when you are interviewing prospective employees, you have to be careful about your questions. you can never be quite sure when something you say or ask crosses a line.
sure, some questions can be standard, like “where do you live?” or “who is your previous employer?” these questions are pretty common during the hiring process.
however, there are some personal questions you shouldn’t ask prospective employees during an interview. these questions and topics can make the interviewee feel uncomfortable and could lead to discrimination claims.
while not an exhaustive list, here are several common personal questions you should avoid.
marital status and children
if you ask if someone is married or has children, you may think you are asking an innocent question. however, someone’s marital status and if they have children is information that can be used to discriminate against them.
for example, if you know the person is married with children, it might be assumed they will need to leave early for childcare or have other obligations that could interfere with work. for some employers, this could lead a candidate to be disqualified from consideration because of the consistent time away they will be taking. disqualifying someone for this reason is discrimination and can be problematic for the company.
while you cannot ask about someone’s marital status, you can ask if they have any commitments that would interfere with work. this is a generic enough question where nothing is outright assumed. if someone mentions they might have to take some time off to pick up their children from school, you can discuss what options are available.
sexual orientation and gender identity
sexual orientation and gender identity are sensitive topics that should be avoided unless the person has voluntarily disclosed this information. asking about someone’s sexual orientation or gender identity could make the person feel uncomfortable. it is best to avoid these topics altogether.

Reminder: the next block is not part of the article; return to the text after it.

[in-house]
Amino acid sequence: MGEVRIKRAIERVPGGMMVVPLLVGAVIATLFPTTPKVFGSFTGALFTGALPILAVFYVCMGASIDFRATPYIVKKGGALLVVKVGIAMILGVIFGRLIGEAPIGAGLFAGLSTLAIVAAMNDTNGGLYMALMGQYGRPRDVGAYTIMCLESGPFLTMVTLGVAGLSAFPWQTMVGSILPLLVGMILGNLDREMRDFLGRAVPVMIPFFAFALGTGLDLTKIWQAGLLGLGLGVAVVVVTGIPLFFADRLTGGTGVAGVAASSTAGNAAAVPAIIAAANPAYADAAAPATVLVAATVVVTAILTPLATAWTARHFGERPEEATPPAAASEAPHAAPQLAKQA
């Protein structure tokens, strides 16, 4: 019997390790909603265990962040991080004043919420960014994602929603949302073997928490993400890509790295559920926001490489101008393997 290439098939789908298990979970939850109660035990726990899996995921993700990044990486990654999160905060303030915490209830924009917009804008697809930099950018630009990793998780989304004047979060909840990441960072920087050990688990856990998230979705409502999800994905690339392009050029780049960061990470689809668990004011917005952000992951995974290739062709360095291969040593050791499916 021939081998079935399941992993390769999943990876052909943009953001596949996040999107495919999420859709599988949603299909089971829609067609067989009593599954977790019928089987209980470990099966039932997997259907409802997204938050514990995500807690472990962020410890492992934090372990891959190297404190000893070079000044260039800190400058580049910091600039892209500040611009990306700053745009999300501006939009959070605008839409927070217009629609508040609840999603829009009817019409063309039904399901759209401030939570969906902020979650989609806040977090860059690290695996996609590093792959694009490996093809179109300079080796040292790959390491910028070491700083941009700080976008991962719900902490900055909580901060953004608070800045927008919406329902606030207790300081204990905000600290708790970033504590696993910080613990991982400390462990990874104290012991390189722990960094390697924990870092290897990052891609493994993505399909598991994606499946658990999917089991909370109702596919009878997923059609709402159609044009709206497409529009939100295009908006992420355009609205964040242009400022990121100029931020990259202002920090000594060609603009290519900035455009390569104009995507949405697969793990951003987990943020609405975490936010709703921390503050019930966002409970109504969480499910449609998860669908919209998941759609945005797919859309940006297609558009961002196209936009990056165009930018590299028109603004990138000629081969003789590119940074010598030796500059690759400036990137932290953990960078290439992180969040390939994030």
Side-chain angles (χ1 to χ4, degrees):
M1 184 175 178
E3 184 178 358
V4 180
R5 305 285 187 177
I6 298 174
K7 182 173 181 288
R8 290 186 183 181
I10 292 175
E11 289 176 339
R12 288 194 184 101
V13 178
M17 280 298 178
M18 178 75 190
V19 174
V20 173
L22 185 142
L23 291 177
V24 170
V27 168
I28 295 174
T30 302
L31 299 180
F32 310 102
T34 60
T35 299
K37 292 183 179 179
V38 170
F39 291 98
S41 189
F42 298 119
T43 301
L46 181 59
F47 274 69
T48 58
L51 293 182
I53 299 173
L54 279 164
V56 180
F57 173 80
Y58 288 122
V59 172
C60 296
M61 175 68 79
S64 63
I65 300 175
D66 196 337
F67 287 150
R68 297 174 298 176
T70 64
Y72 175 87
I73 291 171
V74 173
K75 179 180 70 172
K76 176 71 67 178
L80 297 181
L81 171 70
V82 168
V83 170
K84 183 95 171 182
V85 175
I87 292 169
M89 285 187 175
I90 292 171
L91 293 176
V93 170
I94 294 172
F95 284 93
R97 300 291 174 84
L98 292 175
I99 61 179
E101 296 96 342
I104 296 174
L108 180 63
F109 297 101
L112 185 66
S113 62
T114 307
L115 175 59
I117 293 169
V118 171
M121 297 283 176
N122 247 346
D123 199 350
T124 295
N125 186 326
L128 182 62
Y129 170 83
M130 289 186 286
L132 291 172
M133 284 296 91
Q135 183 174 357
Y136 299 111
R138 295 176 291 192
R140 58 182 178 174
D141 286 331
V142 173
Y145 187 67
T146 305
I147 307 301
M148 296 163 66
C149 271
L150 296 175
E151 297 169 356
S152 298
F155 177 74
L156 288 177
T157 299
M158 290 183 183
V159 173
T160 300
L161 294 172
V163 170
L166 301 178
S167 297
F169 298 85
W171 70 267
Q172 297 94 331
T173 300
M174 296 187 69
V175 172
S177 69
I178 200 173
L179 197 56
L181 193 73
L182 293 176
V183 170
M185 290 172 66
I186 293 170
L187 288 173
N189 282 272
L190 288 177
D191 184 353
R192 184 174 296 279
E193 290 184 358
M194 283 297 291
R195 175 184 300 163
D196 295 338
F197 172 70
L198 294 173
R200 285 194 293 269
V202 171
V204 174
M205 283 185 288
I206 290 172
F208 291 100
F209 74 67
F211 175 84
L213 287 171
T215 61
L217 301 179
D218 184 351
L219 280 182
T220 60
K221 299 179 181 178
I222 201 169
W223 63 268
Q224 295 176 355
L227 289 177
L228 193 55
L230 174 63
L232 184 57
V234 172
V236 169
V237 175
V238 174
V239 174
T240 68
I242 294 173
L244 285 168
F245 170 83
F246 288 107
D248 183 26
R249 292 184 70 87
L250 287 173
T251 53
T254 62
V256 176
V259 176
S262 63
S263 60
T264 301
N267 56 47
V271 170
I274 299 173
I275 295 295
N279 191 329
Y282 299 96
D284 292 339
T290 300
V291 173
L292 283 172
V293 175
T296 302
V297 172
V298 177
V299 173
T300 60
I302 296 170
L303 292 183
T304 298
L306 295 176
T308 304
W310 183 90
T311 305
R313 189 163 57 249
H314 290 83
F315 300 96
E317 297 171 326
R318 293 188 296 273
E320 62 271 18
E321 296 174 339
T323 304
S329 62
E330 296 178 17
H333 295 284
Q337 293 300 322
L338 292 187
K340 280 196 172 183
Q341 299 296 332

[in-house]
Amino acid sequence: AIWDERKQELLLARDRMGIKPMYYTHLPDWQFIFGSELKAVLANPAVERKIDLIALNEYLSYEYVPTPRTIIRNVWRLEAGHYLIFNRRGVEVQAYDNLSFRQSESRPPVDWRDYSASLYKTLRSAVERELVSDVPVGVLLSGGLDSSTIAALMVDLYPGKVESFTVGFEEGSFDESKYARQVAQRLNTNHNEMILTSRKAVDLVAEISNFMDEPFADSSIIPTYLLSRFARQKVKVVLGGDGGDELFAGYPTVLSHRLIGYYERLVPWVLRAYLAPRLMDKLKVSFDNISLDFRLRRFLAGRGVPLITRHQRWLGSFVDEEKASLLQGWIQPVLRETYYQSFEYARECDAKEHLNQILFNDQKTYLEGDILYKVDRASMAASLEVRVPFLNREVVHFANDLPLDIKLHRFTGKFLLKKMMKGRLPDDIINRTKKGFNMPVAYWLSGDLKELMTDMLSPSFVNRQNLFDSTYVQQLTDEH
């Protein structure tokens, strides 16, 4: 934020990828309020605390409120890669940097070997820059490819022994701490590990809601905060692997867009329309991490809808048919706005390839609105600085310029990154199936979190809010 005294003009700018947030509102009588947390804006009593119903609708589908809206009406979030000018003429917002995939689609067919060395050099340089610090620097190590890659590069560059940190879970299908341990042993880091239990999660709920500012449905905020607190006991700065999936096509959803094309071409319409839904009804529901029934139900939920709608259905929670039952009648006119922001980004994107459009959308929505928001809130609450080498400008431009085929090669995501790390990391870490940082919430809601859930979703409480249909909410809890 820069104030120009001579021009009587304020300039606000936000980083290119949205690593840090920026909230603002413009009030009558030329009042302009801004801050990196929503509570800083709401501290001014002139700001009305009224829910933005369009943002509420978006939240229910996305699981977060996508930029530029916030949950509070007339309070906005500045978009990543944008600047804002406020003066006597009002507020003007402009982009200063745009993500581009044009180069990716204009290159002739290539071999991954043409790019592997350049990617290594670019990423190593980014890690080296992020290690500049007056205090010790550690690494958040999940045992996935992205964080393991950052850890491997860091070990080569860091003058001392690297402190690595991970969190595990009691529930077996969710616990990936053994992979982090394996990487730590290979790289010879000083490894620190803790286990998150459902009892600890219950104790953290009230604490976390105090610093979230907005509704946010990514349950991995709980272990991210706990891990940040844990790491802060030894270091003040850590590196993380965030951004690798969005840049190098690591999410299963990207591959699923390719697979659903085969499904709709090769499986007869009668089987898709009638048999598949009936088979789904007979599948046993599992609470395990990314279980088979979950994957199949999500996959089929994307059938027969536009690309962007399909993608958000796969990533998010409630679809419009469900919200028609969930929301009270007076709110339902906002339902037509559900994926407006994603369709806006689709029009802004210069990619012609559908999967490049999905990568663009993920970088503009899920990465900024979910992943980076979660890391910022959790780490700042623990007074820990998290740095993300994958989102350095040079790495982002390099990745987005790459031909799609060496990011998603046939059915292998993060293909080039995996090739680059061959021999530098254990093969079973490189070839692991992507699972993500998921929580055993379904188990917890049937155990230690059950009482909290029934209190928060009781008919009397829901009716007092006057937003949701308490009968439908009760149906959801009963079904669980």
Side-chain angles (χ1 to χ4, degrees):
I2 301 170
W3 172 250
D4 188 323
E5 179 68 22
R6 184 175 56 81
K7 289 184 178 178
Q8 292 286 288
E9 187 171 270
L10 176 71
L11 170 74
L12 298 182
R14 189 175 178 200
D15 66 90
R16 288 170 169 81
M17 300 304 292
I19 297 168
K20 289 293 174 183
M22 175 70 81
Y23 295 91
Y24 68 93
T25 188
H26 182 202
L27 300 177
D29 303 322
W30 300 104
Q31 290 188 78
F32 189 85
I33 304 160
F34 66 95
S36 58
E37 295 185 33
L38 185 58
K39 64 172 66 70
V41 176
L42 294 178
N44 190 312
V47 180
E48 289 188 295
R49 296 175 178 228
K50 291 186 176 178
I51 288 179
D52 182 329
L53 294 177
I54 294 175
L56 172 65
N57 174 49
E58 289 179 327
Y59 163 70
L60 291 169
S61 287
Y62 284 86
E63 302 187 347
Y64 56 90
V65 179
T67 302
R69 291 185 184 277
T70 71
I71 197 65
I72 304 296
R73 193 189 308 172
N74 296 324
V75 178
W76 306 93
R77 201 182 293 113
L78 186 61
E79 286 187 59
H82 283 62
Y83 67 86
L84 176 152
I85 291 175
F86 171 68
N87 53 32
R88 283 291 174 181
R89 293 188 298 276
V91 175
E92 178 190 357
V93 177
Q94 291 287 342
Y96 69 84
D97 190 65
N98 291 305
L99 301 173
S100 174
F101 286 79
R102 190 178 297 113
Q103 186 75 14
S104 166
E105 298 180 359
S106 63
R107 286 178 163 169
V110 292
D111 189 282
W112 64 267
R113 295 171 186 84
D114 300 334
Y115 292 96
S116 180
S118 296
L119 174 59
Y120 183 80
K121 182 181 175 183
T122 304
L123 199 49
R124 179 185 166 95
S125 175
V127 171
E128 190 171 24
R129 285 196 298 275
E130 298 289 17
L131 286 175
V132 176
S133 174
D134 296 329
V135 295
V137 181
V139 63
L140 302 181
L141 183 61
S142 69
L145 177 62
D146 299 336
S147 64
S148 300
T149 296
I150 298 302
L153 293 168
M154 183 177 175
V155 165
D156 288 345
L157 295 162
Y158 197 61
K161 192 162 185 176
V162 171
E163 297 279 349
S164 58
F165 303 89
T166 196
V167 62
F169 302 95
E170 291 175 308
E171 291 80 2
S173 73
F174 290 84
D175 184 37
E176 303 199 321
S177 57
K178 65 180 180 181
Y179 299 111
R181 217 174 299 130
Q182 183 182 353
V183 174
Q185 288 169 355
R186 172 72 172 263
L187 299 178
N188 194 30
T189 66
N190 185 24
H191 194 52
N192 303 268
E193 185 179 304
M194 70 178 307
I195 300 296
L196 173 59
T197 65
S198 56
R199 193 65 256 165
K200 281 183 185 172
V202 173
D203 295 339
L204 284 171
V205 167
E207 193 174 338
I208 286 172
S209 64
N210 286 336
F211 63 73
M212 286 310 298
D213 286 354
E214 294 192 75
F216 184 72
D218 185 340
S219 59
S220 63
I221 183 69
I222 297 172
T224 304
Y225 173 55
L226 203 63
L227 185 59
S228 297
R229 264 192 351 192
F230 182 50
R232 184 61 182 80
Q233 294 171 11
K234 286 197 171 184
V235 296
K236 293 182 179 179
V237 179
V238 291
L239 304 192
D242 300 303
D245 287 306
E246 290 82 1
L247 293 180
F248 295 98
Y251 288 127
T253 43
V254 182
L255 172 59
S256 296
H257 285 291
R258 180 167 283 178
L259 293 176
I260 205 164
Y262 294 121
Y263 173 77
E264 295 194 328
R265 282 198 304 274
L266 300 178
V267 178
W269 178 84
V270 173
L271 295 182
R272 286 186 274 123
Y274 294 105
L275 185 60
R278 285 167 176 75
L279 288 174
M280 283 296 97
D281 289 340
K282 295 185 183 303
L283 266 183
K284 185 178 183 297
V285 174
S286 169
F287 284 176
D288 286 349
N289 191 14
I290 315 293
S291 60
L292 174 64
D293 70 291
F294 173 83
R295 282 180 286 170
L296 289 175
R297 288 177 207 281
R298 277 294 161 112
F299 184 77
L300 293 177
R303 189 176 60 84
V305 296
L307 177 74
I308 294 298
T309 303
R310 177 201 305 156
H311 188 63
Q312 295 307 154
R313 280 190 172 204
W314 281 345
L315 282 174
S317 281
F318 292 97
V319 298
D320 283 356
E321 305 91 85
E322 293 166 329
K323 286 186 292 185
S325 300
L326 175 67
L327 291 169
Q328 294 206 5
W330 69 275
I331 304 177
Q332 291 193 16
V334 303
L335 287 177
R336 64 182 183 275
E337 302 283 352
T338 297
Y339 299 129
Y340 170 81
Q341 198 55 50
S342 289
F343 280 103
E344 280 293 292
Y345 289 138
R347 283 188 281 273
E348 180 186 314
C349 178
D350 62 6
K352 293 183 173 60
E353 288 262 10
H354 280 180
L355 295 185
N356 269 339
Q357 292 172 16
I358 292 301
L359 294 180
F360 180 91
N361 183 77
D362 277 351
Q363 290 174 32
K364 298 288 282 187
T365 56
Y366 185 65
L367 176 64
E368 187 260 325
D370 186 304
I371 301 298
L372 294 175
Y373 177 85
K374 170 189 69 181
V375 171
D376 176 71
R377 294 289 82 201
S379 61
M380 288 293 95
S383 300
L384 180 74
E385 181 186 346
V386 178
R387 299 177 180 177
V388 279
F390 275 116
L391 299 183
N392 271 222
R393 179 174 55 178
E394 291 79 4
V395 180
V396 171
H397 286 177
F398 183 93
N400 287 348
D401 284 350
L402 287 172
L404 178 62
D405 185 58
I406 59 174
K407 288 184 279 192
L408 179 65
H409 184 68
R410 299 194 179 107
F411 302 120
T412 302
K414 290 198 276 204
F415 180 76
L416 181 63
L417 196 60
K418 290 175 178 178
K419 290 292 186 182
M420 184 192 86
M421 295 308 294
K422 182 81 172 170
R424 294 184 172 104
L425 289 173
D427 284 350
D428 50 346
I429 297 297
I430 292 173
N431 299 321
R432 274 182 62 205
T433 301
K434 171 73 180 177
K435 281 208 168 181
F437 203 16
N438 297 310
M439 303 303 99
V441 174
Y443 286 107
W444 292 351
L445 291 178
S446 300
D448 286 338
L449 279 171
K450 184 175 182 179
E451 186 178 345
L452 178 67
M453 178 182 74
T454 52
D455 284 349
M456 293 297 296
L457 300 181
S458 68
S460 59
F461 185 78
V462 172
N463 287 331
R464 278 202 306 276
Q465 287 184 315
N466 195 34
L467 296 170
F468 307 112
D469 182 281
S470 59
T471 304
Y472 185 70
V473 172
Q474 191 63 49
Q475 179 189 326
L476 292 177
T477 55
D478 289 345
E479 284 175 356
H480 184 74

there is some grey area, though. if someone submits a document that is inconsistent with the information provided earlier, you can inquire more about it. for instance, if someone is transitioning and recently legally changed their name, you can ask more about that.
additionally, if someone has disclosed important information about their gender or sexual orientation, you can ask follow-up questions. asking these types of questions show you are an ally and creates a more comfortable work environment for everyone.
you should avoid asking someone their age during an interview in most cases. this is another question that can be used to discriminate against a candidate.
for example, if you know someone is over the age of 40, you might assume they are not as technologically savvy as a younger person. asking about someone’s age can also give the impression you are not hiring them because they are too old.
if you must ask someone’s age, you can frame the question in a way that is not discriminatory. for example, you can ask if they will have any problem completing the physical requirements of the job. this question is relevant to the job and not their age.
asking about someone’s religion is another personal question you should avoid. it is best not to bring up religion during an interview.
someone’s religion isn’t applicable to most job interviews. it’s only a major discussion point if something in someone’s religion prevents them from doing a particular task.
if the person volunteers information about their religion, you can ask follow-up questions. for example, if they mention they are catholic, you can inquire if they need any specific days off for religious holidays.
health issues are a touchy subject during an interview. they should only come up if absolutely necessary.
for example, if you are hiring for a physically demanding job, like construction, you can inquire about any health conditions that might prevent the person from performing the tasks required. generally, you need to be in decent physical condition to perform certain construction tasks like lifting and carrying heavy objects.
like physical health, mental health in the workplace is tricky. you should only talk about it if something about someone’s mental health prevents them from doing a task. for instance, if someone is in recovery for drug addiction you also have to let the prospective employee bring it up.
personal questions should be avoided during an interview unless they are absolutely necessary. in some cases, it might be okay, but it’s best to be cautious and not ask them.
if you do have to ask a personal question, your best approach is to frame it in a way that’s relevant to the job. personal questions relating to someone’s ability to do a job are usually fair and important for employers to know.
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